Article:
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The thought might hit you once the young ones have flown off and left an empty nest behind—and it might not even be for monetary reasons. Faced with the hollow feeling of an empty home, you might be wondering what to do with all that extra space. List a spare room on Airbnb? Only if you want to play a hotel manager in your retirement. Fill the space with a new hobby? Maybe if you’re the kind who keeps a room of collectibles. Have another child? Or maybe a cat? 

Or perhaps you would like to consider living more comfortably in a smaller home? Here are three reasons why downsizing might be the way to go—as in, to live.


Let’s face the facts: You’ve got many more decades of life ahead of you, rising living costs are a factor you’re keeping in mind, and that cruise/massage chair/novelty collectible is going to cost a <insert politically correct metaphor here>. Besides, your children are grown and can (probably) take care of themselves—even if they still spend money like irresponsible teenagers.

“How are you still buying toys at your age?” Photo by Charles on Unsplash.

Rental rates, property prices, assessment tax, quit rent, and utility bills are all things that scale with square footage. It goes without saying that less would certainly mean having more to spend on enjoying what life has to offer. Downsizing to a smaller home would mean lower rental rates, purchase prices, and taxes, in addition to lower lighting and cooling expenses—you could end up saving even more on utility bills if you used some of what you saved to go on a long holiday.

Better yet, evoke parental privileges and store your belongings at your kid’s place while you take a swimsuit and a bottle of sunscreen on an extended holiday. Photo by Alonso Reyes on Unsplash.


Once you’ve let go of that dream mansion on a hill for the whole clan, you’ll find there’s far more choice available. Most people start out with terraced homes or apartments—it’s those big expensive bungalows that are relatively rare. Most people also opt for convenience over aesthetics as a cost consideration, so there are smaller homes to be found closer to the city.

Most people are happy to sacrifice long driveways and sprawling backyards just to make it to work on time. Photo by CK Yeo on Unsplash.

You could move to a home nearer to a transport hub and spend less on vehicle maintenance. Or you could go to the extreme and keep a tiny apartment while you spend your days globetrotting. You might as well take advantage of the inevitability of demand and supply to grab a modest and readily available abode in a conveniently located and transit-oriented development.

And just leave that sitting in traffic to the young‘uns. Photo by Fahrul Azmi on Unsplash.


Now that the size of your household has been significantly reduced, your expansive home might fall within the target profile of opportunistic criminals. Homes in gated communities are generally more expensive and even the most illustrious homesteads are not impenetrable.

Even this one lady’s house was broken into twice… by the same guy. Photo by Mike Marrah on Unsplash.

With a terraced home, you’ll find there are more of your neighbours around, and the street has more watchful eyes going over it throughout the day. Downsize even further, to an apartment in a high-rise, and intruders would have to get past several more layers of nigh-insurmountable barriers just to arrive at your front door.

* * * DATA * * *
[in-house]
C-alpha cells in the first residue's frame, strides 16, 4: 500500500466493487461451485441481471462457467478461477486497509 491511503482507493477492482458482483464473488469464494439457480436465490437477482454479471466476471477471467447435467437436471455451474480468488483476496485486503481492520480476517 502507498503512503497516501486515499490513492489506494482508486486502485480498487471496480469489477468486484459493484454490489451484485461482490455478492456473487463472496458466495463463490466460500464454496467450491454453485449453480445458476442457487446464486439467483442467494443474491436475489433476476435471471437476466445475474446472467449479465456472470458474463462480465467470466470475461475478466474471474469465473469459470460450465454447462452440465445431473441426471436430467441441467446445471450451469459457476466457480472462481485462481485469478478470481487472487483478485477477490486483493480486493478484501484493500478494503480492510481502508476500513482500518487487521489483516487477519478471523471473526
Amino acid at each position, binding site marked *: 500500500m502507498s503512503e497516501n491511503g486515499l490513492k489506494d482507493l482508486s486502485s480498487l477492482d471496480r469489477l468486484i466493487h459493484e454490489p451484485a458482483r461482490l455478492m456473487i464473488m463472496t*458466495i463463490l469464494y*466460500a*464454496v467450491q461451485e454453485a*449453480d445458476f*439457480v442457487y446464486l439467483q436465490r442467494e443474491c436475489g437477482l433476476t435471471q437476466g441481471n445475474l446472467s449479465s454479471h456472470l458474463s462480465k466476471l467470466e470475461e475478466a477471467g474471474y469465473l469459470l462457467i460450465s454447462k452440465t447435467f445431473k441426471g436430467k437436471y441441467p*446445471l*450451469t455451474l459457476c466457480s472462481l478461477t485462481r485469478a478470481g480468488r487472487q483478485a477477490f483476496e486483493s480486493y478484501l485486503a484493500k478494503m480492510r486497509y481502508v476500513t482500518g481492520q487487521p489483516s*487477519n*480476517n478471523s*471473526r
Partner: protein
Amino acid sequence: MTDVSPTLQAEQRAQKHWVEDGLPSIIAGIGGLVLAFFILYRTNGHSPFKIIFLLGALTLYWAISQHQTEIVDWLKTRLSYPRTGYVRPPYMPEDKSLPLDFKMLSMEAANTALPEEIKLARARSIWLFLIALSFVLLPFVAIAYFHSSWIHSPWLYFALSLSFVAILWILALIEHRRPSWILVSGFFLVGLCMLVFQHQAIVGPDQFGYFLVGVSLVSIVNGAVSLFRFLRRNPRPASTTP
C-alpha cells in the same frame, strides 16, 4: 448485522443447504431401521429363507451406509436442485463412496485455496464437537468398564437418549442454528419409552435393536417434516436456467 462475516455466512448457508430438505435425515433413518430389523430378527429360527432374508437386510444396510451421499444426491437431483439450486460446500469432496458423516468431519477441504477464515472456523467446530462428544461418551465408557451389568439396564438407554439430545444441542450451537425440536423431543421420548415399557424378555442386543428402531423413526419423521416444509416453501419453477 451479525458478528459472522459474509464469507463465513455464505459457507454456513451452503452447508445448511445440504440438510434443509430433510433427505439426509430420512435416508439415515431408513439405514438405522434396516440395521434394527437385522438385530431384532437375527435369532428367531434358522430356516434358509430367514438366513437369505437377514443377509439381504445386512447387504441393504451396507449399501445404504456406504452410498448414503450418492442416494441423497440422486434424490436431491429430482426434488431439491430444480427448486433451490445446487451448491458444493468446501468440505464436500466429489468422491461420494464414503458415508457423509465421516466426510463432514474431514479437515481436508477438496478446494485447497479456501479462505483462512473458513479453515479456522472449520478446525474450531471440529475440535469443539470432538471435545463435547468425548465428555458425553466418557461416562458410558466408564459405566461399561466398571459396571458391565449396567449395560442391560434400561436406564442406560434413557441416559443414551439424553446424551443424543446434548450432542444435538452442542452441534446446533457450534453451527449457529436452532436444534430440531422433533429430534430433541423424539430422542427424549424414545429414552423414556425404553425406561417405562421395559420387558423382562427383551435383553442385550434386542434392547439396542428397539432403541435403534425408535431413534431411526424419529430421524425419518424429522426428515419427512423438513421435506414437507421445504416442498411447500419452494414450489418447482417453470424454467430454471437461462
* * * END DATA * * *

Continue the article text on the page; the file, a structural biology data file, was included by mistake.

Can you climb over that? Is anyone watching? And you’re not even in the compound yet. Photo by Ed Robertson on Unsplash.

Sure, it’s not as big and fancy as you’re used to, but you’ll eventually find there’s a value to cosiness that few talk about. Stay tuned to read about how to make that downsize happen smoothly and how to make your new (smaller) house a home.

Kevin Eichenberger would be perfectly fine renting a room but his dog insists on a landed property with a garden.

(Written by Kevin Eichenberger, 18th February 2020)


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But there are those that think having a large house is a pride of lifetime and also good for kids and grandkids to come back stay

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The key word is optimal use of space and design to suit each family preferences. Of course they are those who would like to keep holding on to their bungalows and mansions as a symbol of achievement and wealth. They too will feel an empty nest and eventually rent out their bungalows to move in to secured condominiums.   

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Not all will feel empty nest, some so used to the house they stayed for last 20-30 years even though it's only 2 of them, they won't want to leave, too used to the house and have friends in the neighbourhood

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well, i do agree that downsizing is because of affordability. As our salary not increase that much, the developer tend to downsize the unit and sell their unit in affordable price. It benefit the public though. Ofcourse it is because of the limited space in the city also, that's why it become smaller and smaller. Similar case to some Major city like Hong Kong, Japan, Taiwan and etc. Downsizing and affordable price to let everyone own a house.